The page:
I've said it frequently here, and will continue to pound the drum -- hiring is the most important skill of any manager or coach, in business or in sports. Surrounding one's self with excellent people is tantamount to achieving success.
That said, even if fans and media recognize some of the names (what's up, Romeo Crennel?), we will have no idea if Houston Texans head coach Bill O'Brien will have done a good job of hiring until at least well into the 2014 season, maybe longer.
But Texan fans are interested, they want to know who's going to "fix this thing" ("this thing" being the pile of wreckage that was 2013).
To that end, we gained clarity on the future of two more names on Wednesday, one that will be here and one very familiar one that won't.
We'll start with the latter first, as we learned late Wednesday that Hall of Famer and former Houston Oiler great Mike Munchak will not take the job as offensive line coach for the Texans, a marriage that appeared to be a likelihood about ten days ago.
Instead, after interviewing for the Cleveland Browns head coaching job (which at this point, I believe will be decided by a Madden tournament of Browns season ticket holders, winner gets the job), Munchak became linked to the Pittsburgh Steelers offensive line coaching position in the last several days and, according to John McClain of the Houston Chronicle, informed O'Brien that he accepted the Steelers' job on Wednesday.
For Munchak, this will be his first job outside of the Oiler/Titan organization in his professional career in any capacity and an opportunity to return to his home state, where he starred for Penn State University.
Munchak's decision to head back to his home state is a disappointment to some Texan fans who were excited about having Munchak on the staff for a few reasons. First, and most importantly, he's considered among the best offensive line coaches in the game, and the Texans expect to have youth in at least two spots on the offensive line (left guard, right tackle). Second, the reunion with a nine time Pro Bowler would have been a "feel good" story for longtime Oiler fans. Finally, it was widely assumed that if Munchak came back to Houston, he would bring fellow Hall of Famer and former Titans assistant Bruce Matthews with him in some capacity, making it an even happier reunion.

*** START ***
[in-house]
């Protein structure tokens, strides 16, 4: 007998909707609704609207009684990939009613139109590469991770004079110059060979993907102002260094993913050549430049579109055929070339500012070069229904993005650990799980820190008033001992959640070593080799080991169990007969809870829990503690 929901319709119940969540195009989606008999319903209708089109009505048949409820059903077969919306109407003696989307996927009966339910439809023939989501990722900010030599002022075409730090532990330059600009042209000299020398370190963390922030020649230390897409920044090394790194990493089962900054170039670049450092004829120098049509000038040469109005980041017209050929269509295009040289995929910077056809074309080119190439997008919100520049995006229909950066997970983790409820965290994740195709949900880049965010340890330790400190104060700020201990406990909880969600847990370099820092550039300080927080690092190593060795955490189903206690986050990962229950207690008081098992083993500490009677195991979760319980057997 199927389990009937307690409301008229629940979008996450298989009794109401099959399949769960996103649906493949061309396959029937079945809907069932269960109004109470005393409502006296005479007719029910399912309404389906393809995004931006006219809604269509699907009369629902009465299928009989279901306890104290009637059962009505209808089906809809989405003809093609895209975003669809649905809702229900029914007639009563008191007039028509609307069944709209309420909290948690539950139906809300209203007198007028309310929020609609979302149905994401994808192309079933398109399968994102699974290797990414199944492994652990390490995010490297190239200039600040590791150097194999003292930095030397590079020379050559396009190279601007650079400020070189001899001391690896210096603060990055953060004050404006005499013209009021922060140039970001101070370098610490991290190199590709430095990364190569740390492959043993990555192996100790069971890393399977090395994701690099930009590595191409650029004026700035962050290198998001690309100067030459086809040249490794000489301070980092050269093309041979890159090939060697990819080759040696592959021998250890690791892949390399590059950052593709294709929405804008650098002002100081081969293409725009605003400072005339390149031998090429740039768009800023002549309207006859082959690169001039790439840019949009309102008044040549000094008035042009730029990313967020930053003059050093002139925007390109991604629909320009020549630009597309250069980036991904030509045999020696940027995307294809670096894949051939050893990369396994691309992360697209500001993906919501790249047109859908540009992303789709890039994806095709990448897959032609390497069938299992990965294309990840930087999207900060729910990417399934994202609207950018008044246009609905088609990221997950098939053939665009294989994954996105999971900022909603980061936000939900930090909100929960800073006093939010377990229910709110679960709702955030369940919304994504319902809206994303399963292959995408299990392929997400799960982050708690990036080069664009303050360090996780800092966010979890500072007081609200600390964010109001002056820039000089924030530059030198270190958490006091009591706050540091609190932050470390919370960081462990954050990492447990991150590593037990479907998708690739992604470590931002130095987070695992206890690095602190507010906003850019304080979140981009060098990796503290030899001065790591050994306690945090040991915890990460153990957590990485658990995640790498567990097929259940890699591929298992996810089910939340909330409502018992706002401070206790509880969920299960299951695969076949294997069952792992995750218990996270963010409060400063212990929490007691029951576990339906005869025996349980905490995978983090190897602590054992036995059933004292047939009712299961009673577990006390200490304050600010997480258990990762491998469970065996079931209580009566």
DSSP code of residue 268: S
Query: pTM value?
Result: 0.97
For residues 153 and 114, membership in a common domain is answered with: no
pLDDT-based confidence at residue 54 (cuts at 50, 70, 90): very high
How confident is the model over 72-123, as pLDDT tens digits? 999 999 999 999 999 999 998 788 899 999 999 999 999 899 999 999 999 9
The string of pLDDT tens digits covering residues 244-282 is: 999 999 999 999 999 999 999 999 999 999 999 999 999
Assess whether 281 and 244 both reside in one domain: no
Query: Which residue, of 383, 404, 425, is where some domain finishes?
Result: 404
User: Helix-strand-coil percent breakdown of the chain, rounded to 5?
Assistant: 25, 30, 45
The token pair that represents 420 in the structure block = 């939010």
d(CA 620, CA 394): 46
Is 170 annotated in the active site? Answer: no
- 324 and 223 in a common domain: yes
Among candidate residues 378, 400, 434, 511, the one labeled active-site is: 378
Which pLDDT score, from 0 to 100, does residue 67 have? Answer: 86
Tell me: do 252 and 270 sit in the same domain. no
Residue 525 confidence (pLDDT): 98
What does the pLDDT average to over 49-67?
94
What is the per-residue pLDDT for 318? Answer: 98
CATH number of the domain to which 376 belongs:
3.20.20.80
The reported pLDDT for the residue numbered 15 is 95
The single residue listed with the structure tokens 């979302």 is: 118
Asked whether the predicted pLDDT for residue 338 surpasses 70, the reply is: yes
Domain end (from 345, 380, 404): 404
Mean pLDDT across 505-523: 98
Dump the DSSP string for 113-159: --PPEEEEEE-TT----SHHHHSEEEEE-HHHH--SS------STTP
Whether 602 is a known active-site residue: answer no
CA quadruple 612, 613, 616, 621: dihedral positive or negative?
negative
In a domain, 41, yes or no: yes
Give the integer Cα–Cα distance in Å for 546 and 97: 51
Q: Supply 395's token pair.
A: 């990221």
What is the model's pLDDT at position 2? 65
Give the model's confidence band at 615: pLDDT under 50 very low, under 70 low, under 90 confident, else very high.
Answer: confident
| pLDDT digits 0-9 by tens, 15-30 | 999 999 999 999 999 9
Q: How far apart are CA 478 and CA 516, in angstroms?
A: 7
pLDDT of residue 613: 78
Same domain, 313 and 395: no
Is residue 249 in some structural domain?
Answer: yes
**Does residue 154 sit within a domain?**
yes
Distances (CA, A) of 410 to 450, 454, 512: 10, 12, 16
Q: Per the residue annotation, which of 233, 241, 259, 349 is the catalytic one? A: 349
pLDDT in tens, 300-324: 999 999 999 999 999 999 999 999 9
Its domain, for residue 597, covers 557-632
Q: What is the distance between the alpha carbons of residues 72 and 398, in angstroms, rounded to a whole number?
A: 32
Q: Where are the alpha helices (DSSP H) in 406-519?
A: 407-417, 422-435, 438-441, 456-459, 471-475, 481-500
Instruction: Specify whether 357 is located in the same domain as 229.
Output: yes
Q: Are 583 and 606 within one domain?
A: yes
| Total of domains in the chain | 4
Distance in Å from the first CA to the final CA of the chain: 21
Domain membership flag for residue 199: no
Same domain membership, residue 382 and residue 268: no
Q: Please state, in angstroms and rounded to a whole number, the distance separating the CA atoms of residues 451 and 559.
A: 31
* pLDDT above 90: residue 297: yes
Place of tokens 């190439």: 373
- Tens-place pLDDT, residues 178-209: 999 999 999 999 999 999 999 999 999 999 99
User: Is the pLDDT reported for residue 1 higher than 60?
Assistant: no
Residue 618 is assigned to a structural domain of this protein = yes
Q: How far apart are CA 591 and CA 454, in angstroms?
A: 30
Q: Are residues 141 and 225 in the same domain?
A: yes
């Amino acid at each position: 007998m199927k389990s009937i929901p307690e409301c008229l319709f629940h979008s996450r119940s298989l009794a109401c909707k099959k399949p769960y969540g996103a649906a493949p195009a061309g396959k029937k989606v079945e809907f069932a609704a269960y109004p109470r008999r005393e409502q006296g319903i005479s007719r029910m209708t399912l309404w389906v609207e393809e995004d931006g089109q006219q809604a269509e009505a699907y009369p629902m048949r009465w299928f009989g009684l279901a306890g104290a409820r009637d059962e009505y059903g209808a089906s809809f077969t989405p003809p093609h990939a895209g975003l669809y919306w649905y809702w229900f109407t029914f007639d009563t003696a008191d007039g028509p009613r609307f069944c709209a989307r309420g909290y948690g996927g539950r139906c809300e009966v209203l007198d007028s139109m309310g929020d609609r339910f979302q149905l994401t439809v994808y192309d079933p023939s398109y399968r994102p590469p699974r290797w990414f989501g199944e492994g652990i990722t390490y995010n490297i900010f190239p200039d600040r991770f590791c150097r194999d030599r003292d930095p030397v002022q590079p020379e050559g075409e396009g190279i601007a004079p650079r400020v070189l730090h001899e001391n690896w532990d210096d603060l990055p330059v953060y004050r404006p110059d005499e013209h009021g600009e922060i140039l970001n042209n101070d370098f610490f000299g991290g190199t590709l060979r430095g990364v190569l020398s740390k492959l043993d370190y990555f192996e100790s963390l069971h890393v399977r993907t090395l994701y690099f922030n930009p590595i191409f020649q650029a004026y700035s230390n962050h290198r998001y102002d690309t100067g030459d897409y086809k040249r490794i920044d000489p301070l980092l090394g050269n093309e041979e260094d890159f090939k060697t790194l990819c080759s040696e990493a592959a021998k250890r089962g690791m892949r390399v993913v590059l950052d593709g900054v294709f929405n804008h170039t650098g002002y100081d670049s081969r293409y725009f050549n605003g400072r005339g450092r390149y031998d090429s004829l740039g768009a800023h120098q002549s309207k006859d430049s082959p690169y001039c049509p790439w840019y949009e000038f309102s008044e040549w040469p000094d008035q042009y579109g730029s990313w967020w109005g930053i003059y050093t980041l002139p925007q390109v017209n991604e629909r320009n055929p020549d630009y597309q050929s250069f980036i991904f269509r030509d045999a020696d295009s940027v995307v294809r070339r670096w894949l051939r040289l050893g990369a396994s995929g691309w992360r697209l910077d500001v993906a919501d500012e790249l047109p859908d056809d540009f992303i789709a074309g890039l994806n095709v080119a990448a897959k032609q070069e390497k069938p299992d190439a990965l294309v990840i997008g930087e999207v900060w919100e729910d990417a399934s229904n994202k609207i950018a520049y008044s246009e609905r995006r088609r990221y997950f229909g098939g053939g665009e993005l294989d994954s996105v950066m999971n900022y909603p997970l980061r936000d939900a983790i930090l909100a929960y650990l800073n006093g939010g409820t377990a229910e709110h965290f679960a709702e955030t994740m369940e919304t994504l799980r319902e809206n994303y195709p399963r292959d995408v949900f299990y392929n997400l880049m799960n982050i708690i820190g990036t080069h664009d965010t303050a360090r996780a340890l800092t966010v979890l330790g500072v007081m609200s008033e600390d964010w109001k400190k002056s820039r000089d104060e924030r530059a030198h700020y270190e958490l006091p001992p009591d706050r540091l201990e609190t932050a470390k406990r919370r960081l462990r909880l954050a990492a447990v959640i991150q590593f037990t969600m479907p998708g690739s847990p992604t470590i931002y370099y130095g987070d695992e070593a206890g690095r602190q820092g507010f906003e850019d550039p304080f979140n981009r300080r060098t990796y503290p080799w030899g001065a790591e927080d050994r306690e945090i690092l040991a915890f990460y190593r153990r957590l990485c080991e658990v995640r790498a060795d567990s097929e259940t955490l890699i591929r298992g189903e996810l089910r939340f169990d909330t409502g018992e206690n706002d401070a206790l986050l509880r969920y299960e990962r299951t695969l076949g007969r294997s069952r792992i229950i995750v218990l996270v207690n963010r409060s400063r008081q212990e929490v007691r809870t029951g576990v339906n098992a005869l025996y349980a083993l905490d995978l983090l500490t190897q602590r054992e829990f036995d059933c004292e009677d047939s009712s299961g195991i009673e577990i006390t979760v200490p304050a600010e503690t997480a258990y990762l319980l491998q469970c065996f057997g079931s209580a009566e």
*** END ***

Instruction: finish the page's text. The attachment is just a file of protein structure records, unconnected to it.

Instead, now O'Brien needs to find an offensive line coach, one of the more underrated and important hires as he continues the rebuild. Meanwhile, with the New England Patriots losing in the AFC Championship Game on Sunday, O'Brien was finally free to openly pursue George Godsey as part of his staff. Their history dates back to Godsey's collegiate days as a quarterback at Georgia Tech in the early 2000's, where O'Brien mentored him as an assistant coach.
We Believe Local Journalism is Critical to the Life of a City
Engaging with our readers is essential to the mission of the Houston Press. Make a financial contribution or sign up for a newsletter, and help us keep telling Houston’s stories with no paywalls.
Support Our Journalism
For his part, Godsey coached for seven years under the tutelage of George O'Leary at Central Florida (who happened to be the head coach when O'Brien and Godsey were at Georgia Tech), and O'Brien was a huge part of Godsey getting his crack as an assistant in New England, where he coached tight ends.
And if that previous paragraph didn't have enough Blake Bortles tea leaves in it for you, just know that Godsey will coach quarterbacks with the Texans, and work closely with O'Brien, who will call plays. It's generally assumed at this point that O'Brien will not bring in anyone immediately with a title of "offensive coordinator."
As McClain reports, O'Brien himself has yet to announce his staff, as he prefers to wait until all his assistants have been hired before doing so, but many of them (including new defensive coordinator Romeo Crennel) were already hard at work in Mobile, Alabama this week trying to identify who the next class of Houston Texans draftees would be.